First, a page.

Harajuku is colourful and crazy. It’s Takeshita-dori and its side streets is the epitome of Japanese teenage culture and lined with trendy shops and restaurants just waiting to be discovered. Omotesando caters for more adult clientele with luxury brand shops sitting along the broad tree-lined street. I did a (shopping) walk from Harajuku to Omotesando to Shibuya and this was one of my favourite excursions in Tokyo. There are so many side streets and small boutique shops to discover.
I started off the morning early visiting the Meiji Shrine just behind Harajuku station. Harajuku and Omotesando is sandwiched between Shinjuku and Shibuya stations and can easily be explored on foot or you can move around using the Tokyo Metro.
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My recommendation is to stroll down Takeshita-dori, crepe in hand and spend all your money at one of the biggest 100 Yen stores in Tokyo, Daiso. Afterwards you can have a drink at the Kawaii Monster Café or continue shopping at the LaForet Harajuku department store.
If luxury brands are your thing, you’ll enjoy this street and the Omotesando Hills complex immensely. I discovered Shu Uemura Cosmetics while in Japan and a visit to the flagship store in Omotesando is a must. You’re also allowed to be a kid again and go crazy in the massive toy store, Kiddy Land and Snoopy Town. The smaller pedestrian streets behind Kiddy Land boasts with small restaurants and artisan shops which is my personal preference. I had amazing crispy gyoza at the famous Gyoza Lou before I headed off to Cat Street.
Cat Street is another shopping street lined with trendy clothing stores, much of them selling second-hand luxury brands, like the Ragtag store. I absolutely loved the indie vibe of the area. I stopped by an artisan roastery for a quick breather. When you follow Cat Street you’ll eventually find yourself in Shibuya. Just look for the Tower Records tower and usher yourself in that general way.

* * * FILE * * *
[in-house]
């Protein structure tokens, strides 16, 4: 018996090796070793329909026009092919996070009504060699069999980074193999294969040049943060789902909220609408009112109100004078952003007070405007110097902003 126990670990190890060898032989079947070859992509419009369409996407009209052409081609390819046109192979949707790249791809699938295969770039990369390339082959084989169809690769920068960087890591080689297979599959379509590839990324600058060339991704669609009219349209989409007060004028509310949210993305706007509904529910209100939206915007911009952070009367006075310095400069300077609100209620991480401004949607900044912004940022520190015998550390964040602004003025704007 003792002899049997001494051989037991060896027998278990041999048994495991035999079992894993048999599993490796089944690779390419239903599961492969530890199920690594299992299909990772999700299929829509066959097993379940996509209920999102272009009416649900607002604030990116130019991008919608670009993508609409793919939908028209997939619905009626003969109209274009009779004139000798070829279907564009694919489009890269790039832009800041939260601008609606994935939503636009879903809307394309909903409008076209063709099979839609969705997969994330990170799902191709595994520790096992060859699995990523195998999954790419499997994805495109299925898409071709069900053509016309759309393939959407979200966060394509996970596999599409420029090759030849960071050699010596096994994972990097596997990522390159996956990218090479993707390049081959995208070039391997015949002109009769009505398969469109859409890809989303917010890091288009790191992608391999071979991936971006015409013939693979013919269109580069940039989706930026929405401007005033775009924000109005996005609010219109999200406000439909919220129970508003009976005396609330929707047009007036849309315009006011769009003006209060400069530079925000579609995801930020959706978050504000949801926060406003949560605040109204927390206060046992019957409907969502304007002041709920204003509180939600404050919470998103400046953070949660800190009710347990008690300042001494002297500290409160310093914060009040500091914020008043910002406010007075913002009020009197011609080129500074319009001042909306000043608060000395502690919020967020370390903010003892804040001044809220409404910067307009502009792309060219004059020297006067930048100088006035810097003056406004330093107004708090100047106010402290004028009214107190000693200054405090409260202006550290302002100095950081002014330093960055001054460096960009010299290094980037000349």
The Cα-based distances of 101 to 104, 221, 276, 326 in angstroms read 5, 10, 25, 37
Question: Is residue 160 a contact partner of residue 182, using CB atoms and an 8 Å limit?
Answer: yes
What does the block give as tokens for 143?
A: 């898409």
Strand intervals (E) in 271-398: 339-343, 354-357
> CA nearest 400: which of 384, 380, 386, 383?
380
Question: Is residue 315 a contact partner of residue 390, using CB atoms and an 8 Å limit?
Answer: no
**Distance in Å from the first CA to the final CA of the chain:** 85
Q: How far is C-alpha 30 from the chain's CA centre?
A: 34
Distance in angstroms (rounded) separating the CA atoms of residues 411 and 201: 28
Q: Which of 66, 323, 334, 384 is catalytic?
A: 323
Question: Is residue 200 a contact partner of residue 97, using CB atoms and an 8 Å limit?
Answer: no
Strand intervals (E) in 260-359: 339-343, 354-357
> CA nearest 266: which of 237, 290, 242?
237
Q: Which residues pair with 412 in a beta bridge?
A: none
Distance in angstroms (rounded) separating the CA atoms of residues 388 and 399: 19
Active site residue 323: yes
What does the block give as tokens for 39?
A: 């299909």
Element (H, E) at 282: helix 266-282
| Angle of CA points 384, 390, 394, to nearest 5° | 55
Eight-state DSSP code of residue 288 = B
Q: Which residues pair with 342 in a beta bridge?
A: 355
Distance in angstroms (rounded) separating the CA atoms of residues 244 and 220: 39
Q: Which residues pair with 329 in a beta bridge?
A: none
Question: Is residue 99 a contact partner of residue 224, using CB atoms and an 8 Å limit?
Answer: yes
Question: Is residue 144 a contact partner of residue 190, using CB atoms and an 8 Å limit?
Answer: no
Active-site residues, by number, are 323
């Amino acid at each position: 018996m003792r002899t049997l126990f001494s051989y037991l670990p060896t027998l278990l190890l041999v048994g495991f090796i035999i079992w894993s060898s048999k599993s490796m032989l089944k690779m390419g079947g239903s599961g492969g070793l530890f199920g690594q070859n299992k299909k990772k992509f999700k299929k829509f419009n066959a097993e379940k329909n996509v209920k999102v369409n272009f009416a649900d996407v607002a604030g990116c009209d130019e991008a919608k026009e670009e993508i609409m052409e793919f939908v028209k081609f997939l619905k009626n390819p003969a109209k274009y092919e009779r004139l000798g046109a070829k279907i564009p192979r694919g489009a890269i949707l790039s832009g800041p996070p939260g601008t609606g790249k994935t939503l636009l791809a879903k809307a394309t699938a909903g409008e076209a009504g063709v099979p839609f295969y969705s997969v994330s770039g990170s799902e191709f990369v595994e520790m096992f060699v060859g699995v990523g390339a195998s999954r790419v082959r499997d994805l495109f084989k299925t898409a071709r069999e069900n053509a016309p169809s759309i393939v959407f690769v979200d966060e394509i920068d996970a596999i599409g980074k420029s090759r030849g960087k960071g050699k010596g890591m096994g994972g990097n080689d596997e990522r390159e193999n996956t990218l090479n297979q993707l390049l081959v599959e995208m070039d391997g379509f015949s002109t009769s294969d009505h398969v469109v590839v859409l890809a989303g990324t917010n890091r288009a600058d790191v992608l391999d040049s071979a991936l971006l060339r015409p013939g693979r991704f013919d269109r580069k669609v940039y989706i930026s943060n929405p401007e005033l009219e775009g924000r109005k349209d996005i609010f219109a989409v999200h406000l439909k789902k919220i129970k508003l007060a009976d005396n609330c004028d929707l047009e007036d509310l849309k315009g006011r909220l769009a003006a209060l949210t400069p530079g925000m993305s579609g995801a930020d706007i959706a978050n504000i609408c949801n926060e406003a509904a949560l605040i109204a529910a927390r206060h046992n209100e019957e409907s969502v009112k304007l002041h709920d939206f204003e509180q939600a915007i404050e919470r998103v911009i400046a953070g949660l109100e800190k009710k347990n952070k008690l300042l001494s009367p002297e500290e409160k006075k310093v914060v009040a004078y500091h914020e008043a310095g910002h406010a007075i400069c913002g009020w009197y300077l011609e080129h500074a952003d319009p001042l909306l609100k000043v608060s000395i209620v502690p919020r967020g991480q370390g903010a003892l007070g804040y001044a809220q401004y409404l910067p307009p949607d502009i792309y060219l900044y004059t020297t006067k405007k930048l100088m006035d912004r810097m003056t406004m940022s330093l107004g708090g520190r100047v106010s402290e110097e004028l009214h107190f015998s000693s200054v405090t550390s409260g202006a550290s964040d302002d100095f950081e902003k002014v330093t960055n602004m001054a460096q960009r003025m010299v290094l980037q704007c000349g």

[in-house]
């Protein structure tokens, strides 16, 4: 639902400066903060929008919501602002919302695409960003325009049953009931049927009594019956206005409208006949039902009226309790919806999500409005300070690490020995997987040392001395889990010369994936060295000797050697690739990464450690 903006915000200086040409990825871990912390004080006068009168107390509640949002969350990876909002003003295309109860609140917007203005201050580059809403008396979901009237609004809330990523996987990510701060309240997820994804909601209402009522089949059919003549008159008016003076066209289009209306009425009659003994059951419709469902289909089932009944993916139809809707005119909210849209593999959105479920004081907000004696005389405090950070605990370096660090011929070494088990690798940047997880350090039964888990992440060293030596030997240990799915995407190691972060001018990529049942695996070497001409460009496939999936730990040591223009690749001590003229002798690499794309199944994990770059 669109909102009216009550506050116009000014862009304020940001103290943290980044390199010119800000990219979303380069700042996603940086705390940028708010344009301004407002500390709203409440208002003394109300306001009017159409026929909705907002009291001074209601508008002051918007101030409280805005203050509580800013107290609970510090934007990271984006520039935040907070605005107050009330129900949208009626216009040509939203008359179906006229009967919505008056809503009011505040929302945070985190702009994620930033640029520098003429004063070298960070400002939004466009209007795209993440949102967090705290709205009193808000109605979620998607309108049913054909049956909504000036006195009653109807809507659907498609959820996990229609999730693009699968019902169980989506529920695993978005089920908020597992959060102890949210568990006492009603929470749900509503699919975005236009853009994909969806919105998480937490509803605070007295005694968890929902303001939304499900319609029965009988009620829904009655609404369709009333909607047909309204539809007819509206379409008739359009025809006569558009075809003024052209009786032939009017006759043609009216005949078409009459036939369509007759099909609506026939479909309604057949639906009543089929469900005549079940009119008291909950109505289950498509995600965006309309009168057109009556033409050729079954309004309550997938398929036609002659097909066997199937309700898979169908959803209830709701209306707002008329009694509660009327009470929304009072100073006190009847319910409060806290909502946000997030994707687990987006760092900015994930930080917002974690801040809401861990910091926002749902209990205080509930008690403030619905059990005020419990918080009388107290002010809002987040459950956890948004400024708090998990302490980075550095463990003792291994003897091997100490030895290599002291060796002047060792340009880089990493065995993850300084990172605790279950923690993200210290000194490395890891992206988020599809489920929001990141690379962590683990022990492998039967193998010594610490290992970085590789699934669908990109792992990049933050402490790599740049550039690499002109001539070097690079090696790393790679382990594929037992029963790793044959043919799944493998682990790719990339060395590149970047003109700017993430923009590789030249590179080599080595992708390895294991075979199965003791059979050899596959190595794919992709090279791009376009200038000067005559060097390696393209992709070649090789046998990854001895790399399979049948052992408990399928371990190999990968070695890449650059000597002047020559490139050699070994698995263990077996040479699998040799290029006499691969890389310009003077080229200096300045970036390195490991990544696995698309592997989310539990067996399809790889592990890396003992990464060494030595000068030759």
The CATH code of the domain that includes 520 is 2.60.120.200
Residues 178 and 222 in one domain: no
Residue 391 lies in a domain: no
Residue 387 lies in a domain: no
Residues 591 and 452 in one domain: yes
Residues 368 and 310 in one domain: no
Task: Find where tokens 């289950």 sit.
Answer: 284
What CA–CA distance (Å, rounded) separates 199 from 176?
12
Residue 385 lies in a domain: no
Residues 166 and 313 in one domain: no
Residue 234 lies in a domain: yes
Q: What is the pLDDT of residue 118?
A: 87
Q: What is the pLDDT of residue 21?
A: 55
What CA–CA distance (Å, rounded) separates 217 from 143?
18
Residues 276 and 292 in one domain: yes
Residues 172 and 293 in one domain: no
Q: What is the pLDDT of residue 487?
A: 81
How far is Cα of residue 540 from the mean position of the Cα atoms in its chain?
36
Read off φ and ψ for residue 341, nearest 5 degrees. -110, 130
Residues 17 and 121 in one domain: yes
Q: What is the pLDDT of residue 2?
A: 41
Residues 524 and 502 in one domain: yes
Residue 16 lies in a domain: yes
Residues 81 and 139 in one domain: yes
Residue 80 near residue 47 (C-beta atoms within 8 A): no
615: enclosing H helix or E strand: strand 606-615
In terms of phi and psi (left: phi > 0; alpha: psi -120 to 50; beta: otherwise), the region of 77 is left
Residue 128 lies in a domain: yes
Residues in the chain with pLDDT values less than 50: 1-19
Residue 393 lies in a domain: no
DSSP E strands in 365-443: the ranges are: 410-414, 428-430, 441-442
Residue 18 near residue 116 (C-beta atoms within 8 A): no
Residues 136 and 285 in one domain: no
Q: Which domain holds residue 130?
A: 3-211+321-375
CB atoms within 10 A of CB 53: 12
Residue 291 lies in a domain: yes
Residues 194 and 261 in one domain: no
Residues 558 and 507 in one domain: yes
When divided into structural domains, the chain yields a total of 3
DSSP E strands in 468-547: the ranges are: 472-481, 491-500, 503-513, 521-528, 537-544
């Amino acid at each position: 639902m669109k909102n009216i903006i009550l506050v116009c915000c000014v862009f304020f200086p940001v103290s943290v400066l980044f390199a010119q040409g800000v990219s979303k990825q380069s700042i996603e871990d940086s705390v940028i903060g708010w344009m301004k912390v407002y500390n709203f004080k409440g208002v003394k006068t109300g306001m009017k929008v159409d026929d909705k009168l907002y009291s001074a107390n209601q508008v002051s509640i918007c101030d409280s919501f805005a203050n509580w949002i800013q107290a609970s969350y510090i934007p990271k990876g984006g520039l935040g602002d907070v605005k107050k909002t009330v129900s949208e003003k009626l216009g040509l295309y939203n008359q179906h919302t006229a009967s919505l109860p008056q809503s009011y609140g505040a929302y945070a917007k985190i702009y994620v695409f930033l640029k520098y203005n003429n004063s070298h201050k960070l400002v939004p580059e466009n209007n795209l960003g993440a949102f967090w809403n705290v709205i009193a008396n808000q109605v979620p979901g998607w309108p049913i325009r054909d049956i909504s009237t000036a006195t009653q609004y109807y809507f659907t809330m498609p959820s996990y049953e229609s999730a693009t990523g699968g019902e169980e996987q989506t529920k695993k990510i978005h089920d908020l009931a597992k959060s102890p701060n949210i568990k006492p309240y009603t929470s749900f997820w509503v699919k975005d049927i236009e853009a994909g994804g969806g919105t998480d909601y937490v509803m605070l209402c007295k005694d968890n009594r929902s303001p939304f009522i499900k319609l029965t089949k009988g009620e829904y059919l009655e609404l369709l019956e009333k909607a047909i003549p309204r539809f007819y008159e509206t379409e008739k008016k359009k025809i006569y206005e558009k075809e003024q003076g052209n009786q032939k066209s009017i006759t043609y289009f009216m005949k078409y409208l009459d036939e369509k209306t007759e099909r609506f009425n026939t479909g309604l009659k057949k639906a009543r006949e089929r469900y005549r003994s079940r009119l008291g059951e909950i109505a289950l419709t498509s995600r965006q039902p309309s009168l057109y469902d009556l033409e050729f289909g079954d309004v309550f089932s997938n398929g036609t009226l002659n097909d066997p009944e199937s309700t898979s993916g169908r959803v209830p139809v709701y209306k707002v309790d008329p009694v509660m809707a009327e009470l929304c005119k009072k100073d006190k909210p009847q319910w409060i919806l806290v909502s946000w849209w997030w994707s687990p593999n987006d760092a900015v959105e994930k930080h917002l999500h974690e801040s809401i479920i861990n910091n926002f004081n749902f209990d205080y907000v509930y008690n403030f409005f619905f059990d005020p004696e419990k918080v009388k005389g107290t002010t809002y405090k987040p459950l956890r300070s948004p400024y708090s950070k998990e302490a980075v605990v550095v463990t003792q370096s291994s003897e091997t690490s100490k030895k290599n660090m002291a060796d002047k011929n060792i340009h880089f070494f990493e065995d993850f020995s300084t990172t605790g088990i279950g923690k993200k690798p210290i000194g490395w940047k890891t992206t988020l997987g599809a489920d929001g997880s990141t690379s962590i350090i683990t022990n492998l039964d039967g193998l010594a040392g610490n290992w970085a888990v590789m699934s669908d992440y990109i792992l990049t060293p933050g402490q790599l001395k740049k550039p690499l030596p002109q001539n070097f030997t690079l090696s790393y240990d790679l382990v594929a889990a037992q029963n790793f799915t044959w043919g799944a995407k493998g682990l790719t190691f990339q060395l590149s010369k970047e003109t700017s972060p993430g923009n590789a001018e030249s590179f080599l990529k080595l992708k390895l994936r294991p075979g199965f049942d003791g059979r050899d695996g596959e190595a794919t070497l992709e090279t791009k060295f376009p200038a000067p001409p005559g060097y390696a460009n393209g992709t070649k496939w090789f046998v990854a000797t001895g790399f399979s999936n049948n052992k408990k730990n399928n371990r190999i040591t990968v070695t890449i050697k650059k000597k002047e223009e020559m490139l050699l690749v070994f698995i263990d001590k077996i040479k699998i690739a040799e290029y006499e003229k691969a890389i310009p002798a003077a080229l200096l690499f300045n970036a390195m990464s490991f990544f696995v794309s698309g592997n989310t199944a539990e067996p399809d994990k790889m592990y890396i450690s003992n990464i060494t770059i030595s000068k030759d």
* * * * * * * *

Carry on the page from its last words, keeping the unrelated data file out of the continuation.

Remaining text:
The area is full of dining options and I really enjoyed my gyoza meal at Gyoza Lou where I got to chat to some local Japanese students. I also liked Commune 264 and Maisen, though.
Commune 264 – It’s a space filled with trendy food stalls and food trucks selling deliciousness. It’s close to Omotesando Metro station.
Maisen – Selling soft juicy tonkatsu made from black pork. I had a bit of trouble finding the place but eventually stumbled upon it between Shibuya and Omotesando.
Transport to Harajuku and Omotesando: Harajuku station is on the JR Yamamote Line or Meiji-Jingumae metro station on the Chiyoda line. Omotesando is served by the Ginza metro line, Chiyoda metro line and Hanzomon metro line.
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See also: My Asakusa Guide
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